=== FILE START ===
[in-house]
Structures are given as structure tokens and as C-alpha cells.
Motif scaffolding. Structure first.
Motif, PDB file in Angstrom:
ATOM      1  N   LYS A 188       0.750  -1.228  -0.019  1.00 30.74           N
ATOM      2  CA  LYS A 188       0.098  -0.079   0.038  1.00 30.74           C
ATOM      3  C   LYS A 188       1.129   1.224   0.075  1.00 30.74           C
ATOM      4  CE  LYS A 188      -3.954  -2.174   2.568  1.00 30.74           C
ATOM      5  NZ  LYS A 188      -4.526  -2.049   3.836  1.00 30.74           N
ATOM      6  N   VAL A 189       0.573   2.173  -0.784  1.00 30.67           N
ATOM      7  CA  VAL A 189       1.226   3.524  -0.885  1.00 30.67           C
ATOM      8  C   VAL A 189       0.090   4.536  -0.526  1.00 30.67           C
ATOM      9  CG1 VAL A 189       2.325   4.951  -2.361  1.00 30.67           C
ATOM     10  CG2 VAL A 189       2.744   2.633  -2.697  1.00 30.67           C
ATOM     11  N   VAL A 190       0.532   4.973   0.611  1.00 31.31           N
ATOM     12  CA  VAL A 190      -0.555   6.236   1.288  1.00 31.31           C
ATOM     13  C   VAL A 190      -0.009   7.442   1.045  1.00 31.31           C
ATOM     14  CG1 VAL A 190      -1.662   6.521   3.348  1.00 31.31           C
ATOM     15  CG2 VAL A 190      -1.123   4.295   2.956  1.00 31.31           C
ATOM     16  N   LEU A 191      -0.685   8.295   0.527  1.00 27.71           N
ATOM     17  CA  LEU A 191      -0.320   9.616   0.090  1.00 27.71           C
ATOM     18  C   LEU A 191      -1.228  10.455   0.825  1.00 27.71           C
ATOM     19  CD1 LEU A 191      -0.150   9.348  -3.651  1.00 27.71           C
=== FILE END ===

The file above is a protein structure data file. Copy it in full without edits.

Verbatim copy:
[in-house]
Structures are given as structure tokens and as C-alpha cells.
Motif scaffolding. Structure first.
Motif, PDB file in Angstrom:
ATOM      1  N   LYS A 188       0.750  -1.228  -0.019  1.00 30.74           N
ATOM      2  CA  LYS A 188       0.098  -0.079   0.038  1.00 30.74           C
ATOM      3  C   LYS A 188       1.129   1.224   0.075  1.00 30.74           C
ATOM      4  CE  LYS A 188      -3.954  -2.174   2.568  1.00 30.74           C
ATOM      5  NZ  LYS A 188      -4.526  -2.049   3.836  1.00 30.74           N
ATOM      6  N   VAL A 189       0.573   2.173  -0.784  1.00 30.67           N
ATOM      7  CA  VAL A 189       1.226   3.524  -0.885  1.00 30.67           C
ATOM      8  C   VAL A 189       0.090   4.536  -0.526  1.00 30.67           C
ATOM      9  CG1 VAL A 189       2.325   4.951  -2.361  1.00 30.67           C
ATOM     10  CG2 VAL A 189       2.744   2.633  -2.697  1.00 30.67           C
ATOM     11  N   VAL A 190       0.532   4.973   0.611  1.00 31.31           N
ATOM     12  CA  VAL A 190      -0.555   6.236   1.288  1.00 31.31           C
ATOM     13  C   VAL A 190      -0.009   7.442   1.045  1.00 31.31           C
ATOM     14  CG1 VAL A 190      -1.662   6.521   3.348  1.00 31.31           C
ATOM     15  CG2 VAL A 190      -1.123   4.295   2.956  1.00 31.31           C
ATOM     16  N   LEU A 191      -0.685   8.295   0.527  1.00 27.71           N
ATOM     17  CA  LEU A 191      -0.320   9.616   0.090  1.00 27.71           C
ATOM     18  C   LEU A 191      -1.228  10.455   0.825  1.00 27.71           C
ATOM     19  CD1 LEU A 191      -0.150   9.348  -3.651  1.00 27.71           C